Barack Obama pledges to protect Israel and highlights his affinity for the Jewish ideal -- his latest attempt to reassure Jewish voters and tamp down any lingering controversy over an official with the terrorist group Hamas praising his candidacy.
He and presumptive Republican nominee John McCain tangled last week over McCain making an issue of Hamas. In an interview posted today on The Atlantic magazine's website, Obama says, "My position on Hamas is indistinguishable from the position of Hillary Clinton or John McCain. I said they are a terrorist organization and Iíve repeatedly condemned them. Iíve repeatedly said, and I mean what I say: since they are a terrorist organization, we should not be dealing with them until they recognize Israel, renounce terrorism, and abide by previous agreements."
Obama acknowledged some tension lately between the African-American and Jewish communities. In a Gallup poll last month, Obama received 61 percent among Jewish voters to McCain's 32 percent, compared to the 75 percent that Democrat John F. Kerry got in 2004.
As president, Obama said, he would keep America's firm commitment to Israeli security.
"I think that the idea of a secure Jewish state is a fundamentally just idea, and a necessary idea, given not only world history but the active existence of anti-Semitism, the potential vulnerability that the Jewish people could still experience. I know that that there are those who would argue that in some ways America has become a safe refuge for the Jewish people, but if youíve gone through the Holocaust, then that does not offer the same sense of confidence and security as the idea that the Jewish people can take care of themselves no matter what happens. That makes it a fundamentally just idea. That does not mean that I would agree with every action of the state of Israel, because itís a government and it has politicians, and as a politician myself I am deeply mindful that we are imperfect creatures and donít always act with justice uppermost on our minds. But the fundamental premise of Israel and the need to preserve a Jewish state that is secure is, I think, a just idea and one that should be supported here in the United States and around the world.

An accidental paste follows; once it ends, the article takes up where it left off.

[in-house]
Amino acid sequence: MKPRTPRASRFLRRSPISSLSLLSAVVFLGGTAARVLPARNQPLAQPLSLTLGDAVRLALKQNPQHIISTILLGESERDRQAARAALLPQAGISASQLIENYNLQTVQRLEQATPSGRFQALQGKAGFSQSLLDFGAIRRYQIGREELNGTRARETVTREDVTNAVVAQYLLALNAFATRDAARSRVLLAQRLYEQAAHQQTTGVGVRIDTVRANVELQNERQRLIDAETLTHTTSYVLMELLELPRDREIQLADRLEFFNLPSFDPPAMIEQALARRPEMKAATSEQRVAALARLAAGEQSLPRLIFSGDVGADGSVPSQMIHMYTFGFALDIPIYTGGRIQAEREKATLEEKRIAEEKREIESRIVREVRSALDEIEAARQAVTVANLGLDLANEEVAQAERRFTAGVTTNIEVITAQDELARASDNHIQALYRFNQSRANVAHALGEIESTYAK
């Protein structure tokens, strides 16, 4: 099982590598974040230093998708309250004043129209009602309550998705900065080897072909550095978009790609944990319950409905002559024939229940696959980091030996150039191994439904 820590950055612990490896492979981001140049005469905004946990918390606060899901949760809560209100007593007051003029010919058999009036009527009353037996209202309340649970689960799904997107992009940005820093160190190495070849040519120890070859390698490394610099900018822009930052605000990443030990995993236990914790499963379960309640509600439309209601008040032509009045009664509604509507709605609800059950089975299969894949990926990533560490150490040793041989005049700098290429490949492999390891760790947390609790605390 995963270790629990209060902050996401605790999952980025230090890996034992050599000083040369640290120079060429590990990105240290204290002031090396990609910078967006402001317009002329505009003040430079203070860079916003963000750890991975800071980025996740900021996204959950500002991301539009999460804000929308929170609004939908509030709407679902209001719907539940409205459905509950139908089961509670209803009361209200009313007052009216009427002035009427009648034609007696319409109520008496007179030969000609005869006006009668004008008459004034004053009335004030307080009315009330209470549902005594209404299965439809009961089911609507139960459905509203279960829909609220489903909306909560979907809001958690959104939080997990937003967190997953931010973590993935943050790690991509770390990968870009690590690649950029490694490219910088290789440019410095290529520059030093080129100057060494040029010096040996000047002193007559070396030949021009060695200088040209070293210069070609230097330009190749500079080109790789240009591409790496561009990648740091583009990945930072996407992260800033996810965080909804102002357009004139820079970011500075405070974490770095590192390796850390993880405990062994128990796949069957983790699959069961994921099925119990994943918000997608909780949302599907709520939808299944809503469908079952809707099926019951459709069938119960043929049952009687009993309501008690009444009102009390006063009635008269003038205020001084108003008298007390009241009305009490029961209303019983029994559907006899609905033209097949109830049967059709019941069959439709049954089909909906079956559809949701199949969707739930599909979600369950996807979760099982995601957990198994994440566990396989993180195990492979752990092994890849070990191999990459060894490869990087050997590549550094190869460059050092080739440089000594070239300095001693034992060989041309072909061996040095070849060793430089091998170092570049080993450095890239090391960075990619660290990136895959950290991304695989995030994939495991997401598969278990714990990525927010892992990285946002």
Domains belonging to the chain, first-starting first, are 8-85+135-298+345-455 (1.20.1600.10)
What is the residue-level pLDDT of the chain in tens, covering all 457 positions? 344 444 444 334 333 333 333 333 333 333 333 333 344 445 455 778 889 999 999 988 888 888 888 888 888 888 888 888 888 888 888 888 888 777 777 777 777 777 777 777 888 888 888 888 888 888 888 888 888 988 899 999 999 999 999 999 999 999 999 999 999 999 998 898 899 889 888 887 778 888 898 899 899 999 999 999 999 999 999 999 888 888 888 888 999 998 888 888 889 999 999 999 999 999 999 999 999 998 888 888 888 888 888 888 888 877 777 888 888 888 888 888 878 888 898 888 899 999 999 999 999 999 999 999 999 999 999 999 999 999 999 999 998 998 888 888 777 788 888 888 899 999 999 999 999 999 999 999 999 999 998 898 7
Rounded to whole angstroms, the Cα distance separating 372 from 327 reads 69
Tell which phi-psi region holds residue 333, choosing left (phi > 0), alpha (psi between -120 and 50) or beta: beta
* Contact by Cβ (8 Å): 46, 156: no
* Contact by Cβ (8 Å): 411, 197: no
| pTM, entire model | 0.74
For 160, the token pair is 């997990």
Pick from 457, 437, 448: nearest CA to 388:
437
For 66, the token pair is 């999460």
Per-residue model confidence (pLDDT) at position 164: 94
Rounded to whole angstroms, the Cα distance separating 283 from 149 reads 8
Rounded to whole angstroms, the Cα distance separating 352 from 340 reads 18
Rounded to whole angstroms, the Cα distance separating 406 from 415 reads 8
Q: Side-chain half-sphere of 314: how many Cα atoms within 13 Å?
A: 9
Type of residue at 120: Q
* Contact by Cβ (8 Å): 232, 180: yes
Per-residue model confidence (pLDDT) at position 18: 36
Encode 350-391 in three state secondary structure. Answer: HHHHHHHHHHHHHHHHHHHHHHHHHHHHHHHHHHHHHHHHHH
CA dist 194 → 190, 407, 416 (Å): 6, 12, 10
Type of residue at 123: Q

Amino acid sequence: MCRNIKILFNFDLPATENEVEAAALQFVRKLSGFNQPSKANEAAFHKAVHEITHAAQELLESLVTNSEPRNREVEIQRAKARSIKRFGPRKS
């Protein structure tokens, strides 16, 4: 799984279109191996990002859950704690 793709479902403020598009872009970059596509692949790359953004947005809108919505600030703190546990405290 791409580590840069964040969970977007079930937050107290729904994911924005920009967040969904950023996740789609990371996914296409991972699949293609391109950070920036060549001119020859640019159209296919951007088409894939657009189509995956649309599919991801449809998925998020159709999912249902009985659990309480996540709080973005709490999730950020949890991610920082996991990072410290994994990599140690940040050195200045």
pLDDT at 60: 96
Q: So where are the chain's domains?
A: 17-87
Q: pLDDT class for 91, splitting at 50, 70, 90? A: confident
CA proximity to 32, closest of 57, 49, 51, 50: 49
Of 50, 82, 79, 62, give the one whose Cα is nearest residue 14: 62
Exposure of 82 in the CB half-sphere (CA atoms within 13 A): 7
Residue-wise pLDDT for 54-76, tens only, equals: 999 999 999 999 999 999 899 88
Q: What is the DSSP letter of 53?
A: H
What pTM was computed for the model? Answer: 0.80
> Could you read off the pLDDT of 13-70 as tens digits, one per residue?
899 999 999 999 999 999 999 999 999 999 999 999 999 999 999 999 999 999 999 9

He also said that his own history draws him to the Jewish state. "I had a camp counselor when I was in sixth grade who was Jewish-American but who had spent time in Israel, and during the course of this two-week camp he shared with me the idea of returning to a homeland and what that meant for people who had suffered from the Holocaust, and he talked about the idea of preserving a culture when a people had been uprooted with the view of eventually returning home. There was something so powerful and compelling for me, maybe because I was a kid who never entirely felt like he was rooted. That was part of my upbringing, to be traveling and always having a sense of values and culture but wanting a place. So that is my first memory of thinking about Israel. And then that mixed with a great affinity for the idea of social justice that was embodied in the early Zionist movement and the kibbutz, and the notion that not only do you find a place but you also have this opportunity to start over and to repair the breaches of the past. I found this very appealing."
About Political Intelligence
Glen Johnson is Politics Editor at boston.com and lead blogger for "Political Intelligence." He moved to Massachusetts in the fourth grade, and has covered local, state, and national politics for over 25 years. E-mail him at firstname.lastname@example.org. Follow him on Twitter @globeglen.